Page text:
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According to the pseudocode, keys longer than the block-size of the underlying hash function are shortened by hashing the key. Furthermore, keys shorter than the blocksize are zero-padded up the length of the block-size.

    if (length(key) > blocksize) {
        key = hash(key) // keys longer than blocksize are shortened
    }
    if (length(key) < blocksize) {
        // keys shorter than blocksize are zero-padded (where ∥ is concatenation)
        key = key ∥ [0x00 * (blocksize - length(key))] // Where * is repetition.
    }

Taking into account that the block-size of SHA3-512 is 72 bytes, and it's output is 64 bytes, does that mean the keys longer than 72 bytes should first be hashed and then the resulting 64 bytes should be zero-padded?

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    $\begingroup$ SHA3/keccak does not suffer from length extension attacks, padding is not necessary. $\endgroup$ – user10653 Apr 23 '17 at 19:03
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    $\begingroup$ @dingrite nevertheless, if following the HMAC specification the padding must be performed $\endgroup$ – hunter Apr 24 '17 at 9:17
  • $\begingroup$ @hunter HMAC isn't necessary with SHA-3; a secured keyed MAC called KMAC was standardized for SHA-3. KMAC is faster and simpler than HMAC, which was designed to protect older MD-style hashes from length extension attacks. See nvlpubs.nist.gov/nistpubs/SpecialPublications/… $\endgroup$ – rmalayter Apr 25 '17 at 16:58
  • $\begingroup$ @rmalayter yes, I've read this ... but I'm using HKDF, which dictates HMAC. $\endgroup$ – hunter Apr 25 '17 at 18:49
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In lieu of any answers; I've compared my own implementation with the few test vectors I've been able to find (one of which can be found here) and it would appear that yes, keys longer than the block-size are hashed and zero-padded. It feels counter-intuitive to shorten a key and zero-pad it, but that's what the specification stipulates.

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    $\begingroup$ You're building a non-standard construction using SHA-3 in HMAC; it will work fine and be secure. But why not just use the standardized KMAC with a customization string of "my key derivation" or whatever and the desired output length? This accomplishes exactly what HKDF does in a much simpler, cleaner, and standardized way. It's always nice to point to a NIST doc when the box-checking auditors visit. $\endgroup$ – rmalayter Apr 25 '17 at 21:42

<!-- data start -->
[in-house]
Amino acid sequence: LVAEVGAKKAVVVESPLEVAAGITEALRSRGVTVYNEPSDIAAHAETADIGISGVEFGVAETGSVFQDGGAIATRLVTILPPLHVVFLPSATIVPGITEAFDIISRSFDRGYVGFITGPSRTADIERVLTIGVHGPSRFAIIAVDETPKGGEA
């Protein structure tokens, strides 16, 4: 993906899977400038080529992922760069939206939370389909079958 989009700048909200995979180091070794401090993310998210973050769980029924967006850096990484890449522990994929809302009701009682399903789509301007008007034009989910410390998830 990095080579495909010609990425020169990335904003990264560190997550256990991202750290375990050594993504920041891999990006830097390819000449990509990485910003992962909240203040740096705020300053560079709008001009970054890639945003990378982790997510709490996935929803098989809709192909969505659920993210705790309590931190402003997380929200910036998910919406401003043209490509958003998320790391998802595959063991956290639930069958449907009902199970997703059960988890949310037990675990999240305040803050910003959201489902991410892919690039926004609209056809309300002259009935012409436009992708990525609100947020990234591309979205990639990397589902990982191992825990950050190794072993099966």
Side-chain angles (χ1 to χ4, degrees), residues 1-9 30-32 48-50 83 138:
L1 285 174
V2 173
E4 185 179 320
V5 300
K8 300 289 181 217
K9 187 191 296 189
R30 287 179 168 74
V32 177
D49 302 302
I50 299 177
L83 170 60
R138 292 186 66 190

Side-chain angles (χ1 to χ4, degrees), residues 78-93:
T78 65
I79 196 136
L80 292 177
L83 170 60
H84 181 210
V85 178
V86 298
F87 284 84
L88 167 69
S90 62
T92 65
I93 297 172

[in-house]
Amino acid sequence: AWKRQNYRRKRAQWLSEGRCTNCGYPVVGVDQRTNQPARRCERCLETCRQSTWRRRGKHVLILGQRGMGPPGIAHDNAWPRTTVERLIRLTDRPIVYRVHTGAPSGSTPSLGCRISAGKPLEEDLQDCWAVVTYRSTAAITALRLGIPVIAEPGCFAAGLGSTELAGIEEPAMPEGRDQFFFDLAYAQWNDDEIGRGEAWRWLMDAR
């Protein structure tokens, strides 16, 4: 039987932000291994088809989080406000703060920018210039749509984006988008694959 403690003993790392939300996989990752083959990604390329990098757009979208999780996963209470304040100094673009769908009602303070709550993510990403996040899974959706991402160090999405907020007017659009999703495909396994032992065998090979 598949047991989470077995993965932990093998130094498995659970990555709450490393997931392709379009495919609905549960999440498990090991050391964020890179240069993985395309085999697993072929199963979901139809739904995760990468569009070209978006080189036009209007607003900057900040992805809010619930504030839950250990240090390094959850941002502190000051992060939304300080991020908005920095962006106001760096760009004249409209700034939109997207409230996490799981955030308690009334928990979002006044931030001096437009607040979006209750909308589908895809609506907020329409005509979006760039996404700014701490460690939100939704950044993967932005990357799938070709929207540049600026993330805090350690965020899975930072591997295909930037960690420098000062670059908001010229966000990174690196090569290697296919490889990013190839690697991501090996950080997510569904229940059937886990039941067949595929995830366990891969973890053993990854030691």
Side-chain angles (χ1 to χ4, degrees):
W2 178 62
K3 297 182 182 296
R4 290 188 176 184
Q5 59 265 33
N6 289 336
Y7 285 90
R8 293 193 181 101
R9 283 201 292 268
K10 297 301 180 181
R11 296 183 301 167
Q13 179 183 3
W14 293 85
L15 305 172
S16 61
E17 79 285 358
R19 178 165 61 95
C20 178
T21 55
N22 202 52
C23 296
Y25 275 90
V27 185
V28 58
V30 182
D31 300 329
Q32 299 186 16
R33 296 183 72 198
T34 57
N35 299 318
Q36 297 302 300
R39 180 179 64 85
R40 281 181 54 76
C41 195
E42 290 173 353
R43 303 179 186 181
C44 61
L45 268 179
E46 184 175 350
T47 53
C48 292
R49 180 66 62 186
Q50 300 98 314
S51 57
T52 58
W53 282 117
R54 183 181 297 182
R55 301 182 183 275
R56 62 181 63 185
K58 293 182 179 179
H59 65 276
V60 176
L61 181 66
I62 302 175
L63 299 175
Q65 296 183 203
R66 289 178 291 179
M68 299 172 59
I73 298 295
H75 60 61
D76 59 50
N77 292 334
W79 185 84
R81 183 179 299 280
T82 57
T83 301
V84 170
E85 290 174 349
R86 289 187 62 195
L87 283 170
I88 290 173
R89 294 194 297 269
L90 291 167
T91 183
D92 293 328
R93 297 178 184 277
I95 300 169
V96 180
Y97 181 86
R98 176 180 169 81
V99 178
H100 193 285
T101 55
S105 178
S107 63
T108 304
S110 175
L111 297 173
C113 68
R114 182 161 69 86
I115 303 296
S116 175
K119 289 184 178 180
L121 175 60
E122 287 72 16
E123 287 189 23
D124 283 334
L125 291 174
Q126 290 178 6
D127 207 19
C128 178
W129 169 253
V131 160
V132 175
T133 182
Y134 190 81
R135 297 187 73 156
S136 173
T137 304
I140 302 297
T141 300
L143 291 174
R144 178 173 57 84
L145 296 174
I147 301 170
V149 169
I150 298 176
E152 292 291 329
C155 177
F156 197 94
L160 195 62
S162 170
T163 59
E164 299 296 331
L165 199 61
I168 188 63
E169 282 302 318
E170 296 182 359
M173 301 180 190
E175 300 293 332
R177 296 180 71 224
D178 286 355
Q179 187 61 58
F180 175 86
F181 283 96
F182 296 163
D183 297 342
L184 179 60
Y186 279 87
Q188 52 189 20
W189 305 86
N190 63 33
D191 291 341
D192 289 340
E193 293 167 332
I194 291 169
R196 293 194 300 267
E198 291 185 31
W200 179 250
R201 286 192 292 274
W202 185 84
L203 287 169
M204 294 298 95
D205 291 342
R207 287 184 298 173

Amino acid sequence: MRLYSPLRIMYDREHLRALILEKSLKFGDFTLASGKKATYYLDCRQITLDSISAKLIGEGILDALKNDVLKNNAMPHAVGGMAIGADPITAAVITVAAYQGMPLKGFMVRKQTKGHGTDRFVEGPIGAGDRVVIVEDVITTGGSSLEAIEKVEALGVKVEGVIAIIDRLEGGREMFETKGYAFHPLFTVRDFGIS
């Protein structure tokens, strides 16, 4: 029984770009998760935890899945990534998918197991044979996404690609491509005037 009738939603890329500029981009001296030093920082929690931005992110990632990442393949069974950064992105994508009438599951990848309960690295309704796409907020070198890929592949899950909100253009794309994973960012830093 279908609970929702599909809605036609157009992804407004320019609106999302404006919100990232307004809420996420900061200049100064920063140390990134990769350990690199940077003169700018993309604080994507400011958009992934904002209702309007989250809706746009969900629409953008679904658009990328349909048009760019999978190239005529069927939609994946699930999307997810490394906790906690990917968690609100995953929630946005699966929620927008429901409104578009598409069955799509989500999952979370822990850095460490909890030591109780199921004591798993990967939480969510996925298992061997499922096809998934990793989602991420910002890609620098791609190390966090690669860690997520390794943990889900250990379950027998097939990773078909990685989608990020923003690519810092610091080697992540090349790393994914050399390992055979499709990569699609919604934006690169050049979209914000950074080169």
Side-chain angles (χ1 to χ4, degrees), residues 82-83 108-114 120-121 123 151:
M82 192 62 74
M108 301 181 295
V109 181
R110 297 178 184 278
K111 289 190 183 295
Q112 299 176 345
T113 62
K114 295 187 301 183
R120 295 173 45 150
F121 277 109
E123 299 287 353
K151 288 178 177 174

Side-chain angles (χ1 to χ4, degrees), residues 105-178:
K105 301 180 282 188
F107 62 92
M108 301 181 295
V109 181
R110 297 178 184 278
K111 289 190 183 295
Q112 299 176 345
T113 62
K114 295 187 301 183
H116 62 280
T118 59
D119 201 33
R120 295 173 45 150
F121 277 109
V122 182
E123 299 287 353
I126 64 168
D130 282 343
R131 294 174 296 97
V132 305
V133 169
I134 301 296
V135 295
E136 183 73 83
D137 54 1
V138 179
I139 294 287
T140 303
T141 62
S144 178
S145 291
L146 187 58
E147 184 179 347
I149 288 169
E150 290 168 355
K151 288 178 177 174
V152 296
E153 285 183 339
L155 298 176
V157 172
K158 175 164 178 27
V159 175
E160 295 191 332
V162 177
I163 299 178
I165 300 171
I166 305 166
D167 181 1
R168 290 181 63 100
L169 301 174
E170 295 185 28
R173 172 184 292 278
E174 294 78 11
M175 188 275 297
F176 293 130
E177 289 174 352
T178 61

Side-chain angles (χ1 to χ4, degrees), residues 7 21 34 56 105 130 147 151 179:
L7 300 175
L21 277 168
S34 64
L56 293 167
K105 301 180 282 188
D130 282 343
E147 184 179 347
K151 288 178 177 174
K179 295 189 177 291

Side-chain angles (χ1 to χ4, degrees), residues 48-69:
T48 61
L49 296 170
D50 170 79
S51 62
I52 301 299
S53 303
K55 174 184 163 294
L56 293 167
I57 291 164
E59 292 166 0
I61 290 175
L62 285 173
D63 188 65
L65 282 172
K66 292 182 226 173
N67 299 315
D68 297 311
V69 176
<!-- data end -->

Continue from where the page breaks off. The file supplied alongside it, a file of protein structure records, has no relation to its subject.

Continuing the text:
• $\begingroup$ @rmalayter sounds great - can you please point me towards a range of implementations and test vectors? $\endgroup$ – hunter Apr 26 '17 at 6:52
  • $\begingroup$ sure, right after you point me to all the implementations and test vectors for HKDF-SHA3-512. If you really have such concerns about interoperability just use a HKDF-SHA2 library and don't use SHA3 at all. $\endgroup$ – rmalayter Apr 26 '17 at 11:20
  • $\begingroup$ both HKDF and HMAC are simple, established and well-studied primitives. Neither of them dictates the use of any specific hash function. Implementations and test vectors for both are widely available. I really don't think swapping out SHA2 for SHA3 is an issue. When the KMAC construction has seen more crypto-analysis I would consider using it. I appreciate your feedback (and you're correct in everything you say) but my question was not really about which primitive to use. $\endgroup$ – hunter Apr 26 '17 at 11:36
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    $\begingroup$ @rmalayter: I dispute your suggestion that HKDF-HMAC-SHA3 is a non-standard construction. FIPS 202 approves HMAC-SHA3 and specifies the block sizes (see top of p. 22); SP 800-56C approves of HKDF-HMAC-hash as a randomness extractor with any approved hash function. But in contrast, I can't find any NIST statement that explicitly approves the use of KMAC as a randomness extractor. $\endgroup$ – Luis Casillas Apr 27 '17 at 1:05

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